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SZA Channels Her Inner-Baddie At Villain For Cinco De Mayo

SZA Channels Her Inner Badchild At Villain For Cinco De Mayo [Video + Recap]

On Cinco De Mayo, Afropunk teamed with Jose Cuervo to host Cuervo No Chaser, a party and concert headlined by SZA at Villain in Williamsburg, Brooklyn. Afropunk is only months away, and this week, followers of the renowned festival got a taste of what’s to come with a Cinco De Mayo celebration that featured good music, free drinks and free food. DJs Underdog, Lindsey and Kitty Cash opened the first few hours of the night, playing expertly-crafted mixes of high energy and laid back tunes while attendees danced, conversed and enjoyed tequila and tacos from Brooklyn eatery Cantina Royal.

SZA hit the stage with her band around 11:30 p.m. After opening with her Rihanna collaboration “Consideration,” she performed a string of songs from her 2014 debut Z and a rendition of Musiq Soulchild’s “Just Friends (Sunny).” While her music is relaxing chillwave, her live set is much more diverse: by the time she ended her set with Z single “Babylon,” she had brought emotional highs and lows while seductively dancing through songs and showcasing the range of her deceptively powerful voice.

The performance was worth the trip for Crystal Kayiza, who went to AP for the first time last year but missed SZA’s set by ten minutes. She gushed over SZA’s voice, the clarity of her lyrics on stage, and how she brought a vibe that was different from her songs’ studio versions.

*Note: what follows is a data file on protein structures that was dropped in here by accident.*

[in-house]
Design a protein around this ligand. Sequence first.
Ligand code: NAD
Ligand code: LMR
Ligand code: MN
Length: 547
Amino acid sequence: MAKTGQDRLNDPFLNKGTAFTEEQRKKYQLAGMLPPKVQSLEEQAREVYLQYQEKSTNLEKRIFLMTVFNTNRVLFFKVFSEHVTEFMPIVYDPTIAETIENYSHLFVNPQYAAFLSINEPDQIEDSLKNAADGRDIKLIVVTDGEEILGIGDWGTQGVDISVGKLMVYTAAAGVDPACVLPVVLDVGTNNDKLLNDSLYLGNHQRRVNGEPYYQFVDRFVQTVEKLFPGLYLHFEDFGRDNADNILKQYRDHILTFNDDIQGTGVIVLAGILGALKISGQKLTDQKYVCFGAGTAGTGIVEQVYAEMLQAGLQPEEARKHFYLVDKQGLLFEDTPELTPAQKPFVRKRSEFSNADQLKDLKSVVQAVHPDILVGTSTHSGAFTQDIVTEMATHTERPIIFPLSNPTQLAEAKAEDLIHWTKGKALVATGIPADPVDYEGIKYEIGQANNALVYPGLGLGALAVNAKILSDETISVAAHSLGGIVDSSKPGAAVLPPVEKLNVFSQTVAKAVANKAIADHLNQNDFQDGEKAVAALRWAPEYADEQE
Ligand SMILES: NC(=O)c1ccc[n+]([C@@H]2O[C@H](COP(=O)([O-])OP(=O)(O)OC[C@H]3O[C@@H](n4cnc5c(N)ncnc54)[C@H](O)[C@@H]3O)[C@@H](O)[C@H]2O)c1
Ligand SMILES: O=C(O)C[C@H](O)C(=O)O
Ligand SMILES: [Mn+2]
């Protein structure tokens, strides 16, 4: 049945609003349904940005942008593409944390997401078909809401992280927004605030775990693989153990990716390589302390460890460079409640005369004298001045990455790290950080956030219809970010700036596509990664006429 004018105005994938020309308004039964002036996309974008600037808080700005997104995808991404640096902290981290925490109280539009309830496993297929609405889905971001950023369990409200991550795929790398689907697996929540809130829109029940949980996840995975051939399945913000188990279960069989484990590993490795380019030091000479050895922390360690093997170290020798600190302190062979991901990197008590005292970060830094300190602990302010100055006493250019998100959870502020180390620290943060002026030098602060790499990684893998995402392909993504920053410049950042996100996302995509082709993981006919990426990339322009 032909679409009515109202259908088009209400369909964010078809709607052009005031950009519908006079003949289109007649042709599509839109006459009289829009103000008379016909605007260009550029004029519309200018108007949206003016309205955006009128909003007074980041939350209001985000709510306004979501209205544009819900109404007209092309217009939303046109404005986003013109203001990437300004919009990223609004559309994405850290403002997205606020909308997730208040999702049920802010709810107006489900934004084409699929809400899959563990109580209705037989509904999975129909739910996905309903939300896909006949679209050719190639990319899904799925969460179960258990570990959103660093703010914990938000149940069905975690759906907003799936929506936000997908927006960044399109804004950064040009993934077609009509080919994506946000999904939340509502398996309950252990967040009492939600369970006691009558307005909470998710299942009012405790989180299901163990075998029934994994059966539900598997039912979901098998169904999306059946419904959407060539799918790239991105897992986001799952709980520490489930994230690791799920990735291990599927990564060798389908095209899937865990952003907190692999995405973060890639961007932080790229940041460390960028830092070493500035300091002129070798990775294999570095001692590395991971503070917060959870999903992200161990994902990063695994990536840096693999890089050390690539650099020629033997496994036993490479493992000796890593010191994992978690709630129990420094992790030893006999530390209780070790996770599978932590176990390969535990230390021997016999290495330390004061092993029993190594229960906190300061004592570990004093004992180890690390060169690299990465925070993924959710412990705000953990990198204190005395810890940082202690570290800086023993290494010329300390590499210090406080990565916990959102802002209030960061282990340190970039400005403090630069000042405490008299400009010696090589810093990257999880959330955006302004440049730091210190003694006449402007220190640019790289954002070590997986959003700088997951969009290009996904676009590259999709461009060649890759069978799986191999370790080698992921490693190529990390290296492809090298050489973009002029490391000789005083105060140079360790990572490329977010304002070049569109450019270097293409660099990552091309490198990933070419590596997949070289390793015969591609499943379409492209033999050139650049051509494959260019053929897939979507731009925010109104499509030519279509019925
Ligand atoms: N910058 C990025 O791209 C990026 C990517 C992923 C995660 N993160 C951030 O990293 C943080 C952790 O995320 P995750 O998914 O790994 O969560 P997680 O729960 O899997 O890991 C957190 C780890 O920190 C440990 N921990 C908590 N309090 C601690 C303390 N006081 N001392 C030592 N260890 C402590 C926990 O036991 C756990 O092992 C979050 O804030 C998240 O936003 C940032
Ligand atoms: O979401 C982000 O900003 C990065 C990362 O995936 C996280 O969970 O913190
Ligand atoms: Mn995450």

“There was a lot more energy live. Things I considered to be mellow and slow-paced on the album, her performance was a lot more upbeat than actually listening to the tracks themselves,” Kayiza said. “I think that has to do with energy of the crowd. Like any performer, you’re going to have more energy when the crowd is into it. But she moves really well, she understood her music, and it was really dope.”

Brent Kelsick agreed.  “She worked the crowd. She got the crowd into it. Just subtle, little things — nothing too much, but enough to get you into it, enticed and bumping,” he said. “I’m on a high right now, I’m going to sleep good tonight.”

DJ MoMa closed out the show, spinning a mix of dance-ready tunes until the concert ended at 1 a.m. Early attendees took home t-shirts and stickers, which were in a limited number of gift boxes that laid in the back of a car.

Thursday’s show was one of multiple shows put on by Afropunk throughout the year before the long-running festival returns to Brooklyn on Aug. 27 and 28. This year’s festival is highlighted by performances by Ice Cube, TV On The Radio, Flying Lotus, Tyler The Creator, Janelle Monae, The Internet and Power Jam.

The event also showcased a broad collection of black folk from different backgrounds, all of them passionate about music and culture. As Kaziya put it: “Really good vibes, no hate, people came to enjoy themselves and chill and kick it without the fakeness…it’s a freeing experience.”

William E. Ketchum III covers entertainment, pop culture, race and politics for the likes of The Guardian, NPR, Billboard and more. Follow him (and us!) on Twitter at .



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